Within the major broadcast network programs—ABC World News Tonight, CBS Evening News and NBC Nightly News—immigrant voices made up 12 percent of sources. Throughout the week, these three programs mostly aired the back-and-forth between Congress and the Trump administration. On these broadcast programs, Trump administration officials made up 39 percent of sources, while members of Congress made up 26 percent of the sources. Of the total sources on these programs, 16 percent were Democratic officials and 50 percent were Republican officials. As Trump administration officials gave conflicting defenses or reasonings behind the policy, Republican sources distanced themselves and congressional Democrats criticized both Trump and GOP colleagues.
ABC used parts of the recording obtained by ProPublica three separate times, and spoke with a deported father whose son remains in the United States. CBS aired three immigrant voices, two adults and one child, all of whom were fleeing violence or instability in their home countries. NBC quoted a US senator who was a past immigrant (Hawaii’s Mazie Hirono) and four immigrant mothers—three of whom were separated from their children at the US border—as well as airing the ProPublica recording.
The comparable cable news programs—Fox News’ Special Report, CNN’s Situation Room and MSNBC’s Beat and Sunday-only PoliticsNation—showed even less diversity in their sources over the same seven-day period. Special Report aired no immigrant voices, instead focusing on government and “expert” sources, including other journalists. CNN used immigrant sources three times, and MSNBC quoted one current immigrant and three past immigrants. Meanwhile, the Trump administration and members of Congress constituted 73 percent of sources on the CNN show, 67 percent on Fox and 56 percent on MSNBC. Twenty-four percent of the sources on these programs were Democratic officials and 43 percent were Republican officials.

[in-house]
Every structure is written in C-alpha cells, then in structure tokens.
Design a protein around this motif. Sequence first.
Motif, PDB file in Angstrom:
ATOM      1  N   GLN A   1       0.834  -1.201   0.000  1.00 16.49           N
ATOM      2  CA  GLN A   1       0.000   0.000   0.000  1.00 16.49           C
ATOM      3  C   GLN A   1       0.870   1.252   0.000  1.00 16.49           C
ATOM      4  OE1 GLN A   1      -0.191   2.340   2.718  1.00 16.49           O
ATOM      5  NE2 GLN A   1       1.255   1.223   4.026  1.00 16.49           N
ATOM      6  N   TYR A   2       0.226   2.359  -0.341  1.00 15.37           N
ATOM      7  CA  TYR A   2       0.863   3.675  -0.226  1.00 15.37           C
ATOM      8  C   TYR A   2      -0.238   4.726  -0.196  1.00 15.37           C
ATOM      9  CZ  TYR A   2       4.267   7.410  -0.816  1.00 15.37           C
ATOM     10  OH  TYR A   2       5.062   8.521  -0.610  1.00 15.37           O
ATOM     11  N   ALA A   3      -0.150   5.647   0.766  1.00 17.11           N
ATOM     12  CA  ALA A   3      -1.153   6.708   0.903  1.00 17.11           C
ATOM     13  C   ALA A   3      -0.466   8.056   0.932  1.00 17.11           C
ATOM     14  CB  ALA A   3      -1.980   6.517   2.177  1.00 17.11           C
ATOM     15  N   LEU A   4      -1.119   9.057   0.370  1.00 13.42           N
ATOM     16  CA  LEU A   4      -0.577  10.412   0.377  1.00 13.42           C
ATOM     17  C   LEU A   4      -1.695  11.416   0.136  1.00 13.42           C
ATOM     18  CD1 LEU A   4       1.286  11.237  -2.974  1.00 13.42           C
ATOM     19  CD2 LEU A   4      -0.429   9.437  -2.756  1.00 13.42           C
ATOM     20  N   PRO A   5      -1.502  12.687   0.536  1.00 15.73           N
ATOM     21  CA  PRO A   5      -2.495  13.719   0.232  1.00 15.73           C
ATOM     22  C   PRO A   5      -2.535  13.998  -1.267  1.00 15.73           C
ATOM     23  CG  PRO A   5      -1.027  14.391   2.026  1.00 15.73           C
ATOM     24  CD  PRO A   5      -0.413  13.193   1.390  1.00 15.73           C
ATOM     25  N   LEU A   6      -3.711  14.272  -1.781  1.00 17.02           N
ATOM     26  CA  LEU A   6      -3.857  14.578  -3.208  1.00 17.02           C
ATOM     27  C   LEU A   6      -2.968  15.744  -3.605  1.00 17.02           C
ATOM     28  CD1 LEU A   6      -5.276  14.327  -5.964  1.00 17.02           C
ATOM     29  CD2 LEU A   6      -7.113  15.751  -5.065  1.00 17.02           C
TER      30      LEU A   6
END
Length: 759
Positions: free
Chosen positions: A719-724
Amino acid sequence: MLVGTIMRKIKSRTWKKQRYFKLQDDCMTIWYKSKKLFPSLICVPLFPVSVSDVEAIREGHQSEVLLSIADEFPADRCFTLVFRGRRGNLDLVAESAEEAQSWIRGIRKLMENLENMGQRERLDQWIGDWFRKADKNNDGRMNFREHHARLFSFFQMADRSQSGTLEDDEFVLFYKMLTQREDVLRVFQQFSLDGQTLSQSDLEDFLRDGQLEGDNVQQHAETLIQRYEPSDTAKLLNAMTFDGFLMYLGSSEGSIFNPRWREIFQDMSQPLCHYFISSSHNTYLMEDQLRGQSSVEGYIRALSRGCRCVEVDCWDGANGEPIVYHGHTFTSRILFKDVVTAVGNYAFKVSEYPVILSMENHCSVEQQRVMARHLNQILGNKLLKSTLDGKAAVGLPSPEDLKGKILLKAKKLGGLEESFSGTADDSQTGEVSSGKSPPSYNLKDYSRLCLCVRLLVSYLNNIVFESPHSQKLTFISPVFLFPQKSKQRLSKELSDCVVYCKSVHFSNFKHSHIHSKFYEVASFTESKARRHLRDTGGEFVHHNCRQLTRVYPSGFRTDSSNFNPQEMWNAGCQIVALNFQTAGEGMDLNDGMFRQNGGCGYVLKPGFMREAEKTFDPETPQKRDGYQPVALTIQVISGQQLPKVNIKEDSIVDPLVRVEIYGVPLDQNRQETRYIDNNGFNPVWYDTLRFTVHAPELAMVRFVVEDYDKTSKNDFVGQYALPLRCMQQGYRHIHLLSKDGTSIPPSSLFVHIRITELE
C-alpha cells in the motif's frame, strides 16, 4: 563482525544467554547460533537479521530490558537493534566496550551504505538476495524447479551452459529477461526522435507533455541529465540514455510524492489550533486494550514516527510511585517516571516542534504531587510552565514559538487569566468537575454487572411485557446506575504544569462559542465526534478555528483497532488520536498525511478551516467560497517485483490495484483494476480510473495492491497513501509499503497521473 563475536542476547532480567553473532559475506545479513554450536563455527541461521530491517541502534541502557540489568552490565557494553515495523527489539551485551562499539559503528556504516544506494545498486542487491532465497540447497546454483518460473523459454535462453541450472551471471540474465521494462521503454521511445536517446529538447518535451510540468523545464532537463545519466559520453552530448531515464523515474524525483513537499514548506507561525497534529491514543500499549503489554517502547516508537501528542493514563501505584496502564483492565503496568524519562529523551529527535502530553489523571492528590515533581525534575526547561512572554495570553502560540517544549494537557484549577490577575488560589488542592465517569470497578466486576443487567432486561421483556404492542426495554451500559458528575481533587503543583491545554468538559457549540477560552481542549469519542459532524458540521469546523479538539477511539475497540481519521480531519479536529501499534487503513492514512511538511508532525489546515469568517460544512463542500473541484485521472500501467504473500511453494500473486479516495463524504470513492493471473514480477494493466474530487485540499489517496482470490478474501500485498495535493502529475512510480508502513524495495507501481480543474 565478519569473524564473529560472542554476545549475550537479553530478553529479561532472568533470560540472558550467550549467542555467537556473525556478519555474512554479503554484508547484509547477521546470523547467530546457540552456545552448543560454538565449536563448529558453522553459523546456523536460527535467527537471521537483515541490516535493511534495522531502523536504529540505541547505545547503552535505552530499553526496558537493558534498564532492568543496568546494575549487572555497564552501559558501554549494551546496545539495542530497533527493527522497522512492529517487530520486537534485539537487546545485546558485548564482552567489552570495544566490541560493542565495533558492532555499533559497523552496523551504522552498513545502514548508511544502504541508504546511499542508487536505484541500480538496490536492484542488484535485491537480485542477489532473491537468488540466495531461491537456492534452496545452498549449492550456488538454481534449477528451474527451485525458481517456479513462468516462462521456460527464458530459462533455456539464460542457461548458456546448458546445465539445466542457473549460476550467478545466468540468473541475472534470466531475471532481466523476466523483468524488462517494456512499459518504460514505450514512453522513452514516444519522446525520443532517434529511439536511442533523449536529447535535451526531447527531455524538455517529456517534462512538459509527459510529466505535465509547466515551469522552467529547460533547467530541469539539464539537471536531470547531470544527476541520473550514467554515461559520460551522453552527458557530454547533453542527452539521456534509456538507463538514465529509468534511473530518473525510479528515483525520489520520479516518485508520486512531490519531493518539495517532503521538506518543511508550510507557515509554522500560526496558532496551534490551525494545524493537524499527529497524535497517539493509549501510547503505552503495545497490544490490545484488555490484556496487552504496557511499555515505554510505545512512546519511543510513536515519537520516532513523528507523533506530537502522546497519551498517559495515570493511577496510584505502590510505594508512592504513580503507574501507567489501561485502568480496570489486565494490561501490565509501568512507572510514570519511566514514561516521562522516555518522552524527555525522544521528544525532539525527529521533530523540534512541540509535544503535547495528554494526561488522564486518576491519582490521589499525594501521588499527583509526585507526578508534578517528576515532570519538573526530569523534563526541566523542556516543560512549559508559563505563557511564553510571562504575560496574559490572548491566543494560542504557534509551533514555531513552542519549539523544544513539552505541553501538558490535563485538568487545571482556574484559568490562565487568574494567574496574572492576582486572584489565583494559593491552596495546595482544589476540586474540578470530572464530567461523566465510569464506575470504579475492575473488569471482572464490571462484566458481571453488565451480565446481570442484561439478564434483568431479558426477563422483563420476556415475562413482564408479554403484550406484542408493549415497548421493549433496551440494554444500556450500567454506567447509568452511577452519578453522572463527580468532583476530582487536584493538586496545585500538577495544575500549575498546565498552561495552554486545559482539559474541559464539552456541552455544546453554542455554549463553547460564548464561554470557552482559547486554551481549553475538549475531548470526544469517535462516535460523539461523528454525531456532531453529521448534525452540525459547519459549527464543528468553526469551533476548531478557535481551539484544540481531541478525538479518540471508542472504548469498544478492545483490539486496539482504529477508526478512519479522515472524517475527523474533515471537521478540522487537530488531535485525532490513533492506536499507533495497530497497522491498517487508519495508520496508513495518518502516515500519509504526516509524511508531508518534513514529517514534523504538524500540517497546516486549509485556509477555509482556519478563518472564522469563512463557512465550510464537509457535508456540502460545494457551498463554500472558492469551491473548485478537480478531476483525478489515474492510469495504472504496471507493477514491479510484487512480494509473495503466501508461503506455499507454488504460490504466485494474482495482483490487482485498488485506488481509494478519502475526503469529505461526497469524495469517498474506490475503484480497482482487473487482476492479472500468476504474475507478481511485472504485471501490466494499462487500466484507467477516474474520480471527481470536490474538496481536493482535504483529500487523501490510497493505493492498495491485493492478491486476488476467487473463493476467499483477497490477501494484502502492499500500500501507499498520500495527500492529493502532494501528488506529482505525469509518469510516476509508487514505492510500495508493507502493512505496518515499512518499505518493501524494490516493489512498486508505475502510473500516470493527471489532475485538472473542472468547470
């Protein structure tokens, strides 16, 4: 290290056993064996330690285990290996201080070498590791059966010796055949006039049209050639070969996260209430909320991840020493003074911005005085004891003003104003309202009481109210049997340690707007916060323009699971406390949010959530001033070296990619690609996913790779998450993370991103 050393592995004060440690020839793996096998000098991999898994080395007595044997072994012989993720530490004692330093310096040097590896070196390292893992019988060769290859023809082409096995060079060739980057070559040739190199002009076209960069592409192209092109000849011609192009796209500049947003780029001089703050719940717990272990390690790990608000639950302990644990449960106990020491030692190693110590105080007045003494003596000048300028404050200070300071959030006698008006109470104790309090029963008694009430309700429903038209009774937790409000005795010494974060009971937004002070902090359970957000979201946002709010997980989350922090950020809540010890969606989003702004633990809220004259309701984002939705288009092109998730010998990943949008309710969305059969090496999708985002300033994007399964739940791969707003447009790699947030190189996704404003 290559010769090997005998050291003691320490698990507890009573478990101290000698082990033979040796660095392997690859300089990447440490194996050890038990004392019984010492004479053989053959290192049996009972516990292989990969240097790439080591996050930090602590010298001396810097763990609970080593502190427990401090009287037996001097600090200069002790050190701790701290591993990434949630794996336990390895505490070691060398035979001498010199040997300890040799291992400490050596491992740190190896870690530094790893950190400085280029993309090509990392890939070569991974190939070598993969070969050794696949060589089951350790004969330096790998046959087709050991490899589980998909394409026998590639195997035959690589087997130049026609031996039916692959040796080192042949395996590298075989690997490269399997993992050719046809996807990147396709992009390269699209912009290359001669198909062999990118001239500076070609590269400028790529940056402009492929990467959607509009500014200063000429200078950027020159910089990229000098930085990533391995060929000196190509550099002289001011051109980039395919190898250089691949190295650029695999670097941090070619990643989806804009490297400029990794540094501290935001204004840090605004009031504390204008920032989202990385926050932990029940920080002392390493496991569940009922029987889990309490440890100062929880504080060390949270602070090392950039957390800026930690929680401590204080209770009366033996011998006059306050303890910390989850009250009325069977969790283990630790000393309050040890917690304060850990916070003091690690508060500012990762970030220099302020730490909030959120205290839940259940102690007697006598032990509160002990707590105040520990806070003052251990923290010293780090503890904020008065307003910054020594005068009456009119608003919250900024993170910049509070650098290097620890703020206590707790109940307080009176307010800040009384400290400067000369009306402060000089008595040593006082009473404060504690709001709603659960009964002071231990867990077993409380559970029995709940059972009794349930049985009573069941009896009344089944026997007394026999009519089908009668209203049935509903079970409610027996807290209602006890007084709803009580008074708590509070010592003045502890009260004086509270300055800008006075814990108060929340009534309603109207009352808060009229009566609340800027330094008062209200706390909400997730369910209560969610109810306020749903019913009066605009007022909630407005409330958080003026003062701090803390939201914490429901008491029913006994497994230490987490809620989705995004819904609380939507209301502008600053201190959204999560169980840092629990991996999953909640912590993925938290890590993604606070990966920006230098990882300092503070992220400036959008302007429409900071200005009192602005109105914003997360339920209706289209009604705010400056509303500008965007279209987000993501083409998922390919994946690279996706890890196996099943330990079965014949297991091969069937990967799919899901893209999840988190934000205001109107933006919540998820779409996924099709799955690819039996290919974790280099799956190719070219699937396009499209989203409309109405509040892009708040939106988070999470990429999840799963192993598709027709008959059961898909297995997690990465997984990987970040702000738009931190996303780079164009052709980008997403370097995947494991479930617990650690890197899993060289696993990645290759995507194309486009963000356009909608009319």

The few immigrants and civil rights advocates who were cited often expressed the crucial point that those coming into the United States are generally trying to escape imminent violence or political instability. In one of the few interviews with an immigrant, NBC’s Gabe Gutierrez translated a Honduran mother’s words:
She says gangs threatened her life and that’s why she had to leave Honduras with her three-year-old child. The thought of being separated from her three-year-old son brings her to tears.
Neither the Trump administration or members of Congress touched on this fact when discussing immigration policy. The immigrants who identified their home countries were from El Salvador, Guatemala or Honduras, all of which are still reeling from violence and political instability that the United States helped create—from the “gunboat diplomacy” of the early 20th century, through support for death squad governments in the 1980s to support for a coup regime in Honduras as recently as 2009. Glossing over this historical context gave an incomplete picture of the current situation, and allowed Washington officials to evade responsibility for the influx of immigrants from Central America.
Corporate TV news programs amplified the voices of the federal government while neglecting to show the lives and tell the stories of those affected by federal policy. The programs framed the story as whether or not families who try to cross the US/Mexico border should be separated, rather than exploring the causes and consequences of the current situation. In their coverage, the lived experiences of these immigrants are reduced to leverage for US politicians.